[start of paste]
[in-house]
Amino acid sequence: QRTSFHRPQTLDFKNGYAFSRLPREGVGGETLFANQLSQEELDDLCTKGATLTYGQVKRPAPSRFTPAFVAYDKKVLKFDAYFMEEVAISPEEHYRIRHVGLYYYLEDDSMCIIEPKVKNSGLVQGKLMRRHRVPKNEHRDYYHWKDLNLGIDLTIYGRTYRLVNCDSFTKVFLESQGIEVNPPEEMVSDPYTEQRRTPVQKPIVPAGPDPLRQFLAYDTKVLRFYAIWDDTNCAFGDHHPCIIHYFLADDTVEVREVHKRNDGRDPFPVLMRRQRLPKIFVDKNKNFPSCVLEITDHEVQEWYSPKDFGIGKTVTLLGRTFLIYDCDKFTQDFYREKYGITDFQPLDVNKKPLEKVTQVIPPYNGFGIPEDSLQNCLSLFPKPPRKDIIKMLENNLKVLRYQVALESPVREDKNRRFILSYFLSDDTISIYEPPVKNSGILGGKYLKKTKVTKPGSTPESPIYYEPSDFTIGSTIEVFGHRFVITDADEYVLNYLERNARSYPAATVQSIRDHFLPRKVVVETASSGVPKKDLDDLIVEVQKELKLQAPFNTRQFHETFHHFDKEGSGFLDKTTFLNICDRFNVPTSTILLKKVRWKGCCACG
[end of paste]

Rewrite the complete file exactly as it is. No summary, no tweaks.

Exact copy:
[in-house]
Amino acid sequence: QRTSFHRPQTLDFKNGYAFSRLPREGVGGETLFANQLSQEELDDLCTKGATLTYGQVKRPAPSRFTPAFVAYDKKVLKFDAYFMEEVAISPEEHYRIRHVGLYYYLEDDSMCIIEPKVKNSGLVQGKLMRRHRVPKNEHRDYYHWKDLNLGIDLTIYGRTYRLVNCDSFTKVFLESQGIEVNPPEEMVSDPYTEQRRTPVQKPIVPAGPDPLRQFLAYDTKVLRFYAIWDDTNCAFGDHHPCIIHYFLADDTVEVREVHKRNDGRDPFPVLMRRQRLPKIFVDKNKNFPSCVLEITDHEVQEWYSPKDFGIGKTVTLLGRTFLIYDCDKFTQDFYREKYGITDFQPLDVNKKPLEKVTQVIPPYNGFGIPEDSLQNCLSLFPKPPRKDIIKMLENNLKVLRYQVALESPVREDKNRRFILSYFLSDDTISIYEPPVKNSGILGGKYLKKTKVTKPGSTPESPIYYEPSDFTIGSTIEVFGHRFVITDADEYVLNYLERNARSYPAATVQSIRDHFLPRKVVVETASSGVPKKDLDDLIVEVQKELKLQAPFNTRQFHETFHHFDKEGSGFLDKTTFLNICDRFNVPTSTILLKKVRWKGCCACG